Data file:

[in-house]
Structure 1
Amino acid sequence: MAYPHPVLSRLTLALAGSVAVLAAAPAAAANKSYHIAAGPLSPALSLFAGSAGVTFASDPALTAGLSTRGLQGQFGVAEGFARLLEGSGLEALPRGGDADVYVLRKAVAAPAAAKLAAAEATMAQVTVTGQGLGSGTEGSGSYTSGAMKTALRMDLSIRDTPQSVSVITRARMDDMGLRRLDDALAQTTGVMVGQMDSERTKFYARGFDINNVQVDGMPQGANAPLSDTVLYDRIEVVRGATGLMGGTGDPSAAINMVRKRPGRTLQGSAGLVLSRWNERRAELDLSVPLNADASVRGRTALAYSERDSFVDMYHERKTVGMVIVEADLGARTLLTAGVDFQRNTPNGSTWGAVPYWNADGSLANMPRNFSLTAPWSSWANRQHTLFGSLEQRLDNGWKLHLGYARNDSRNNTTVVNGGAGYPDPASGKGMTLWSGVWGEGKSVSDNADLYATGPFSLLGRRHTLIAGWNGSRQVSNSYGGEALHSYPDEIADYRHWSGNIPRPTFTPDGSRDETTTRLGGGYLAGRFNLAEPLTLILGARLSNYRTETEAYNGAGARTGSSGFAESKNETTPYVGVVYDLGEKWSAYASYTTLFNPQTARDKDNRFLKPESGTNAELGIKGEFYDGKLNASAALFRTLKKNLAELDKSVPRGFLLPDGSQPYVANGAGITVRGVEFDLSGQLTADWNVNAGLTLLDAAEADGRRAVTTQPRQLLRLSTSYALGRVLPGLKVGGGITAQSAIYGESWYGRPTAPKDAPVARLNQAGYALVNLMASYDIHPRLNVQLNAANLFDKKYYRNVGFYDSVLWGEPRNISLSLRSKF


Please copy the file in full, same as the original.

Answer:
[in-house]
Structure 1
Amino acid sequence: MAYPHPVLSRLTLALAGSVAVLAAAPAAAANKSYHIAAGPLSPALSLFAGSAGVTFASDPALTAGLSTRGLQGQFGVAEGFARLLEGSGLEALPRGGDADVYVLRKAVAAPAAAKLAAAEATMAQVTVTGQGLGSGTEGSGSYTSGAMKTALRMDLSIRDTPQSVSVITRARMDDMGLRRLDDALAQTTGVMVGQMDSERTKFYARGFDINNVQVDGMPQGANAPLSDTVLYDRIEVVRGATGLMGGTGDPSAAINMVRKRPGRTLQGSAGLVLSRWNERRAELDLSVPLNADASVRGRTALAYSERDSFVDMYHERKTVGMVIVEADLGARTLLTAGVDFQRNTPNGSTWGAVPYWNADGSLANMPRNFSLTAPWSSWANRQHTLFGSLEQRLDNGWKLHLGYARNDSRNNTTVVNGGAGYPDPASGKGMTLWSGVWGEGKSVSDNADLYATGPFSLLGRRHTLIAGWNGSRQVSNSYGGEALHSYPDEIADYRHWSGNIPRPTFTPDGSRDETTTRLGGGYLAGRFNLAEPLTLILGARLSNYRTETEAYNGAGARTGSSGFAESKNETTPYVGVVYDLGEKWSAYASYTTLFNPQTARDKDNRFLKPESGTNAELGIKGEFYDGKLNASAALFRTLKKNLAELDKSVPRGFLLPDGSQPYVANGAGITVRGVEFDLSGQLTADWNVNAGLTLLDAAEADGRRAVTTQPRQLLRLSTSYALGRVLPGLKVGGGITAQSAIYGESWYGRPTAPKDAPVARLNQAGYALVNLMASYDIHPRLNVQLNAANLFDKKYYRNVGFYDSVLWGEPRNISLSLRSKF